Life in Cheshire West and Chester

Chester

Chester is a vibrant and diverse city located in the west of the borough of Cheshire West and Chester, on the border with North Wales.

This beautiful city is presently home to over 120,000 people, who enjoy Chester’s great historical importance as well as its shops, leisure facilities and green spaces. Founded by the Romans in AD79, Chester still bears signs of its past with its Roman amphitheatre located near to the River Dee. Other historic treasures include the unique Rows galleries which are the envy of many heritage cities, and the City Walls.

Chester is one of the UK’s leading tourist attractions and has much to offer. You can visit Chester Cathedral or Grosvenor Museum, take a boat trip on both the River Dee and Shropshire Union Canal, explore Chester Zoo, take part in a historic walking tour or enjoy a sightseeing bus trip. The city is also a very popular shopping and leisure destination with its latest designer stores, well-known high street names and a wealth of independent specialist shops, restaurants, bars, cafes and entertainment venues including the brand new Storyhouse theatre and cinema.

Chester is also famous for its Racecourse – the oldest racecourse in the UK, with the first recorded race held on 9 February 1539. The average race day attendance is 23,000, and race meetings bring approximately an additional £1.2m tourism revenue for the city.

Business is important in the city too. It is the principal economic centre within the borough of Cheshire West and Chester, providing 44 per cent of the borough’s total business premises and 32 per cent of its employment. Employment has expanded rapidly since the early 1990s, predominantly driven by strong growth at the Chester Business Park on the outskirts of the city centre. Plans are in place to develop a new business district in the city close to the railway station which connects Chester to London in just over two hours. Chester is a truly great place to live, work and visit.

Ellesmere Port

Ellesmere Port was originally known as the village of Netherpool. It gradually changed its name to the Port of Ellesmere and, by the early 19th century, to Ellesmere Port. The settlements of Great Sutton and Little Sutton have existed in the area since the writing of the Domesday Book, which was completed in 1086. The first houses in Ellesmere Port itself were built around the docks and the first main street in the town was Dock Street, which now houses the National Waterways Museum.

The town has a strong industrial background which grew from the development of the Shropshire Union Canal and, later on, the Manchester Ship Canal – two of the region’s key routes used for shipping industrial goods. Industry continues to be important for this area with the Essar Oil Refinery in Stanlow, Urenco – the Energy Innovation Centre and the Vauxhall Motor car plant being some of the largest employers in the area.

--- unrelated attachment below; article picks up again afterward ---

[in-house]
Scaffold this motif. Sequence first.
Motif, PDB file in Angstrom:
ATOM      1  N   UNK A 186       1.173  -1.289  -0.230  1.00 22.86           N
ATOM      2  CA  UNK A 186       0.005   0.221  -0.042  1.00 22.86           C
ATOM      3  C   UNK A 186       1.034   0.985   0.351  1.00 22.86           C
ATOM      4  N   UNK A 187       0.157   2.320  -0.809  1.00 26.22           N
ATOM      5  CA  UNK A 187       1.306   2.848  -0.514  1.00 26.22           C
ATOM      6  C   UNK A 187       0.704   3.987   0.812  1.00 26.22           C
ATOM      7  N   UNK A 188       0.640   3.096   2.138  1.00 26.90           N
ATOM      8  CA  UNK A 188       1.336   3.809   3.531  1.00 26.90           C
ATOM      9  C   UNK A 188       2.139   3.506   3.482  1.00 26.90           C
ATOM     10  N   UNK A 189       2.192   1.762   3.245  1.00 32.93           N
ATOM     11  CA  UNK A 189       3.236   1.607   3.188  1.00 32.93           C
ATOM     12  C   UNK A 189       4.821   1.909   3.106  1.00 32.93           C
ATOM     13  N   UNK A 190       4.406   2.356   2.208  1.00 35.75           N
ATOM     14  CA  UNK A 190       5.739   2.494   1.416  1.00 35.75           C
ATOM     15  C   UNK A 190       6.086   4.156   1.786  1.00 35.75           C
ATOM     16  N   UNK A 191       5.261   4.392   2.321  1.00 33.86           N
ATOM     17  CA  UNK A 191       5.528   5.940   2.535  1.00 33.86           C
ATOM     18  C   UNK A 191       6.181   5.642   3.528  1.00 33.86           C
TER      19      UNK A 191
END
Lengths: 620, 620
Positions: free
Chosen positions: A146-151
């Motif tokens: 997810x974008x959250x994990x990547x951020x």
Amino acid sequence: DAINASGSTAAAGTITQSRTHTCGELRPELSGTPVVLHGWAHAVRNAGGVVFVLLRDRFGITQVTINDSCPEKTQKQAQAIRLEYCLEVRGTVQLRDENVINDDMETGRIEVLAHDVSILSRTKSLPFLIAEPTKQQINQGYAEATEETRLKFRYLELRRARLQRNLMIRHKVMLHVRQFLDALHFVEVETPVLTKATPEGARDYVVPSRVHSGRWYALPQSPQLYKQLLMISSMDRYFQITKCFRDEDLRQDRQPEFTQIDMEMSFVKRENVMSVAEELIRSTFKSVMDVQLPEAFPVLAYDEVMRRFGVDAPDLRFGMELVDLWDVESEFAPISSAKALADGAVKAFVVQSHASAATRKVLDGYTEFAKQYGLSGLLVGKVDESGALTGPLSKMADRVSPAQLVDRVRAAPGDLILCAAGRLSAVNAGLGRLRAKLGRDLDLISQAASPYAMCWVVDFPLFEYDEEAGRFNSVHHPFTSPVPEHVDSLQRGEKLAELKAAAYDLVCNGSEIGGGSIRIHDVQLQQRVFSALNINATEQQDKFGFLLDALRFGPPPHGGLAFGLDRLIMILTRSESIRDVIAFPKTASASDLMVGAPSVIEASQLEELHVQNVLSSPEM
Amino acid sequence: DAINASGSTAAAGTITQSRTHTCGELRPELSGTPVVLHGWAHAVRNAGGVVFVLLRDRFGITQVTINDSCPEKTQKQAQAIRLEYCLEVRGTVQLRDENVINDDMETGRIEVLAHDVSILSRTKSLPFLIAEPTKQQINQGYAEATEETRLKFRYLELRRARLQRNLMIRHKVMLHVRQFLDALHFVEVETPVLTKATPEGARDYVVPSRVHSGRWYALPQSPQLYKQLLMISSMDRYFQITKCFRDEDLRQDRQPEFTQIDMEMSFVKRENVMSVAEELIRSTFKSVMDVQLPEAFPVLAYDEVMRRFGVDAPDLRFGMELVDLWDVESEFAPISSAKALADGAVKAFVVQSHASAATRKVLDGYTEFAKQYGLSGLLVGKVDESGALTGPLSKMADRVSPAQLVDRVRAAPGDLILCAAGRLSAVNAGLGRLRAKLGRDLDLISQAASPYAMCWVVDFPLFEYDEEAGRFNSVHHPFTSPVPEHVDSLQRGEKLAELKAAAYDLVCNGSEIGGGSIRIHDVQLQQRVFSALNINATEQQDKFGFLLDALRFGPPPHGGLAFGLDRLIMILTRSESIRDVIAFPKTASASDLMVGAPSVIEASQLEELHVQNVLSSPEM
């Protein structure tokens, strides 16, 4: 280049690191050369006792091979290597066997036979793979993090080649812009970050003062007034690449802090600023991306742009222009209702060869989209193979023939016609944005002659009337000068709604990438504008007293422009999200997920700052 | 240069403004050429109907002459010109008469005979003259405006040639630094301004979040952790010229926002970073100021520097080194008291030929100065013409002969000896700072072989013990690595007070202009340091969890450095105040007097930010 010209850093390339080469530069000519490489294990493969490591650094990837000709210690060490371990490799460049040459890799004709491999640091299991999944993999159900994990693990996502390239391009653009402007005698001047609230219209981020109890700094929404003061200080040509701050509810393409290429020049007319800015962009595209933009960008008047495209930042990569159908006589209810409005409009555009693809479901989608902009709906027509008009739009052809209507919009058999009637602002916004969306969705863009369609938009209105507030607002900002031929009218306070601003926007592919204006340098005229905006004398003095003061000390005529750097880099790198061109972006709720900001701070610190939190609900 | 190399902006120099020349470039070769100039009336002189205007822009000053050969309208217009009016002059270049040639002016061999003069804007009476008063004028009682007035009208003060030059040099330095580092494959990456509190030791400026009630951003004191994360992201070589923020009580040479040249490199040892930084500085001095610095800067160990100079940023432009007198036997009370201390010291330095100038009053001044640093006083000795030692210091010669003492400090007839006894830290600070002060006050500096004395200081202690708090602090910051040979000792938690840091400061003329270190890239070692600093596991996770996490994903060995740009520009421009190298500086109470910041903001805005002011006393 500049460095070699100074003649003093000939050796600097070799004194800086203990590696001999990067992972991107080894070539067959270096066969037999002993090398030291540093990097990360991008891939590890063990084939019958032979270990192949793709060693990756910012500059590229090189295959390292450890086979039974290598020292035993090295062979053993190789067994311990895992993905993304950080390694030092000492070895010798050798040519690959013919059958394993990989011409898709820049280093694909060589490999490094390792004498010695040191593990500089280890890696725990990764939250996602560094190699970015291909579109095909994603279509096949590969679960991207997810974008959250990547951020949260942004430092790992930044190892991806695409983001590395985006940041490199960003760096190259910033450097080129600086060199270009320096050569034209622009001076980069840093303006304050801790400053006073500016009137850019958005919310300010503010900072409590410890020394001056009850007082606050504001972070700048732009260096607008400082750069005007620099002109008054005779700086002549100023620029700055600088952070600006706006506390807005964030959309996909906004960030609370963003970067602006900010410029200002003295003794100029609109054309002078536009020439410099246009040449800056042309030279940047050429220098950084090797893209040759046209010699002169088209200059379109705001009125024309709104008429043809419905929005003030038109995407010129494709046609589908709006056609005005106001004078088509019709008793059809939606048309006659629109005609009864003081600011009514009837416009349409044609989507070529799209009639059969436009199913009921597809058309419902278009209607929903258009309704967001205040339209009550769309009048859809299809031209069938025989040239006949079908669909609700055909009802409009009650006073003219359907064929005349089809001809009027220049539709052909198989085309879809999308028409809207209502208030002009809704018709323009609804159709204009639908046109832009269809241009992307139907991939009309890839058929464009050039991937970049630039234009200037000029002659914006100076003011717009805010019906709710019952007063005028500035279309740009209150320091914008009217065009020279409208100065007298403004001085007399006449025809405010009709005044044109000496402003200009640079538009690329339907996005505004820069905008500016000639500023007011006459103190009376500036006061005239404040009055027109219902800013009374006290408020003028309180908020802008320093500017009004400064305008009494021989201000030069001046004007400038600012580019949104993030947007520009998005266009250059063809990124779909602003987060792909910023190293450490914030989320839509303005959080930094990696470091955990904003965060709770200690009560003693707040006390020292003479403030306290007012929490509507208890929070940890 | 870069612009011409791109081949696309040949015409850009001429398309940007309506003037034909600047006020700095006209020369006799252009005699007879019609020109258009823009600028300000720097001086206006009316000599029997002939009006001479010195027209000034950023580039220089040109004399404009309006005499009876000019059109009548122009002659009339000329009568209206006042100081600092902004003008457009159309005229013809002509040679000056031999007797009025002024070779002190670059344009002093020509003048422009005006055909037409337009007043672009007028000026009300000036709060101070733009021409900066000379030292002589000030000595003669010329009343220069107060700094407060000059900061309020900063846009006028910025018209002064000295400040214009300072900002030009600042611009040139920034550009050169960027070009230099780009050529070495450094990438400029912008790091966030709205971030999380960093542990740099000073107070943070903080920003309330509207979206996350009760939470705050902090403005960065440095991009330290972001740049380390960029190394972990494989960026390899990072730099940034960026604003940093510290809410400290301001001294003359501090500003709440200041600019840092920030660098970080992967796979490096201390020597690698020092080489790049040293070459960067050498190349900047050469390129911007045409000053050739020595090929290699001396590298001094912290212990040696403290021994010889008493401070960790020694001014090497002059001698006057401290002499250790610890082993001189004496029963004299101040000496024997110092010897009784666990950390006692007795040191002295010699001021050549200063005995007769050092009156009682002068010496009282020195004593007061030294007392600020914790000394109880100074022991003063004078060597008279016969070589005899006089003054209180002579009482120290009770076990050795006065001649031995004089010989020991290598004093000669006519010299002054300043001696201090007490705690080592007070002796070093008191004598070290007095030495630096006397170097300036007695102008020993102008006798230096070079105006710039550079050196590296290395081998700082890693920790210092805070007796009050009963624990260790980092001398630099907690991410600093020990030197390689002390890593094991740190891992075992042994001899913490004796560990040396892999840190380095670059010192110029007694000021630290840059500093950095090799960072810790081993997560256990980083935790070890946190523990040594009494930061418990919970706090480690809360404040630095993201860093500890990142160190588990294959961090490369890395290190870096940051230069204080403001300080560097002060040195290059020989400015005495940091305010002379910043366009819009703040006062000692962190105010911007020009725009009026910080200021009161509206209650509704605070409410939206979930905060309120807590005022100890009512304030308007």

Today the retail industry is growing in the town centre, with the expansion of the Port Arcades shopping centre, indoor market and at the out-of-town Cheshire Oaks Designer Outlet. Alongside the outlet village is the Coliseum Leisure Park which has a multiplex cinema, ten-pin-bowling and many restaurants. Other local attractions include the Blue Planet Aquarium.

Ellesmere Port has a strong sense of community and many facilities. The area has three high schools and a further education college, West Cheshire College, which caters for the academic and vocational needs of the community. Residents also enjoy attractive green spaces including the popular Rivacre Valley Nature Park, Stanney Woods Nature Park and Whitby Park, which includes a skate park.

Winsford

Winsford is a modern industrial town with a rich heritage based on the salt industry.

In 1721 Parliament gave permission for locks and other improvements on the River Weaver to allow sea-going vessels to reach Winsford Bridge. Specially designed boats, called Weaver flat boats, carried coal to the salt works and transported salt to Liverpool for export. Although the waterways through the town are no longer used for transporting salt, Winsford is home to the UK’s only working Salt Mine.

Over the last 30 years Winsford has changed dramatically in character. A once declining Victorian working town has become a modern and pleasant residential and industrial area. Cheshire Police and Fire Service have located their HQ in the town and a newly built Lifestyle Centre brings a large, multi-purpose venue with both leisure and theatre facilities open seven days a week.

Attractive landscaping work has also taken place along the River Weaver transforming the waterway from an industrial backwater to a place of recreation and enjoyment, with excellent fishing and sailing.